Hateful Co-worker

Question:

I have been working for this company for 4 yrs. and have recently been promoted to a full time sub-foreman position for evening maintenance. I work with an older gentleman who is sub-foreman for the production department. On more than one occasion he has blown up at me when things don’t go his way and is very abusive verbally. I have talked to my supervisor about it without getting any results. I understand he has 20+ years experience at what he is doing and try to give him the respect he deserves but it doesn’t seem to matter.

My boss says I am doing very good with my new job and my new responsibilities. I try to be cooperative and professional in my dealings with the other sub-foreman, but to no avail. I have talked to other people including his supervisor about his attitude and they say that nothing can be done. This is not the first time, nor am I the only person he does this to. Do you think I should stand up to him? I don’t want to feel like I am lowering myself to his level,or get a reputation for being hotheaded and uncooperative.

We have a H.R. department but I hesitate to report him for fear of causing myself unnecessary grief. I like my new job and all my crew and my supervisor and I don’t want to go backwards in my career. I am 44 yrs. old and have worked hard to get where I am at today.Any suggestions will be greatly apprecciated!!

Signed,

Trying To Get Along


Answer:

Dear Trying To Get Along:

You have a wonderful opportunity to show your abilities in a tough situation, as well as being a model for others about how to be effective, even when there is conflict. Take advantage of this to build your positive reputation.

I become very frustrated and even angry, when I hear supervisors and managers say there is nothing that can be done about rude, disruptive people. After 20+ years it wouldn’t be EASY to make a change–but certainly it would be possible. By now, supervisors and managers are probably just holding on for his retirement in ten years or more. Isn’t that a shame?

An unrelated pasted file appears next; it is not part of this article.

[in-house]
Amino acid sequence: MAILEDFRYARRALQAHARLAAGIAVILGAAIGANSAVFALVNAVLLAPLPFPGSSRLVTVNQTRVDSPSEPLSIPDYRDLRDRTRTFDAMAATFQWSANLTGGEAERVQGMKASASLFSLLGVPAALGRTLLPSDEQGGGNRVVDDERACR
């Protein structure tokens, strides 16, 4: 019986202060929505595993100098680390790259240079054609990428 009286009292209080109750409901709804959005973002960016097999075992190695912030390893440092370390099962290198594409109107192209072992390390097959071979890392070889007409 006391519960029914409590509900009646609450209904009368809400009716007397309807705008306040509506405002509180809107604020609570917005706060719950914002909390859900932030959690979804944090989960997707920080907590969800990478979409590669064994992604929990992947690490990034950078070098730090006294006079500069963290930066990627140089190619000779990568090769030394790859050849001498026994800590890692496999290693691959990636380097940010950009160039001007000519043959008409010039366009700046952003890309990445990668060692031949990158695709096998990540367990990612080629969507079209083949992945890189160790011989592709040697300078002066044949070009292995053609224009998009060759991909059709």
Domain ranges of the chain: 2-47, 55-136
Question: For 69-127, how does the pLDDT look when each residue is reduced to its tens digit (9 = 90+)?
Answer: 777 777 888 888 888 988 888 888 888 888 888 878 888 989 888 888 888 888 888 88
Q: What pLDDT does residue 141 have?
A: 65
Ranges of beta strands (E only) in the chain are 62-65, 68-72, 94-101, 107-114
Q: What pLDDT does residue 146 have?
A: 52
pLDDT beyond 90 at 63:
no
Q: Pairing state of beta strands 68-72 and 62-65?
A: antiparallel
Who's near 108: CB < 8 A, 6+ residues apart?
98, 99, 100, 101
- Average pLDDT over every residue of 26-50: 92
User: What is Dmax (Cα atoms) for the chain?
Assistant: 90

You’ve apparently tried to handle it through supervisory channels and nothing will be done that way at this point. But, maybe you can handle it on your own, at least well enough that you’ll be able to work within the situation.

“Blowing up” at you and being verbally abusive, could mean different things to different people. If he raises his voice and uses mild swear words that is one thing. If he calls you obscene names and makes it personally threatening to you, or makes gender-based or racial slurs, that’s something else. (In those cases you should make a written complaint to your manager, and route it through your supervisor. That is illegal activity and no organization wants to risk the liability of that kind of behavior.)

I would imagine he just throws a temper tantrum, as he does with many others, and has done for years. People wince, but then shrug and tolerate it. You don’t want to do that for days, weeks, months and years! On the other hand, you aren’t his supervisor and aren’t responsible for changing his behavior overall, only with you. So, you have a very narrow focus for your efforts. You want to get your work done, while preventing and avoiding hostility when possible, and calming it down if it occurs, as well as finding a way to deal with it, if it is inevitable.

If he is an internal client of your section, as may be the case, you will also need to talk to your supervisor on an ongoing basis, about the sub-foreman’s concerns. It may be there are some processes and procedures that need to be changed to make things work better from his perspective.

If he is not really a client, but rather only an angry person, you will still want to ensure you keep your supervisor informed about any unusual occurrences. Try your best to do this without becoming a broken record about the subject! You don’t want it to be viewed as an ongoing saga between the two of you. Keep the tone that you are focused on achieving the work the right way, and trying to work with a difficult person to do it. If there a good things to report about the working relationship, do that as well.

Consider these thoughts, as you develop a plan of action:

1. You are an assistant supervisor. Your job is to do your own work, and to work with and through those you supervise, to accomplish the tasks of your assignment, for the organization. You report to a foreman, who reports up the chain of responsibility. Focus on doing your work well, and in a way that solves problems for the company rather than creates problems. That will keep you from personalizing some of this. Try your best to take your emotion and ego out of it.

I would also advice this, though: Think of yourself, always, as the peer of the problem sub-foreman, NOT as his junior, or his subordinate, or anything else that gives him authority over you. If he is to be viewed as your client and your job is to satisfy his requirements, that may require an understanding between your supervisor and his, about how far that goes.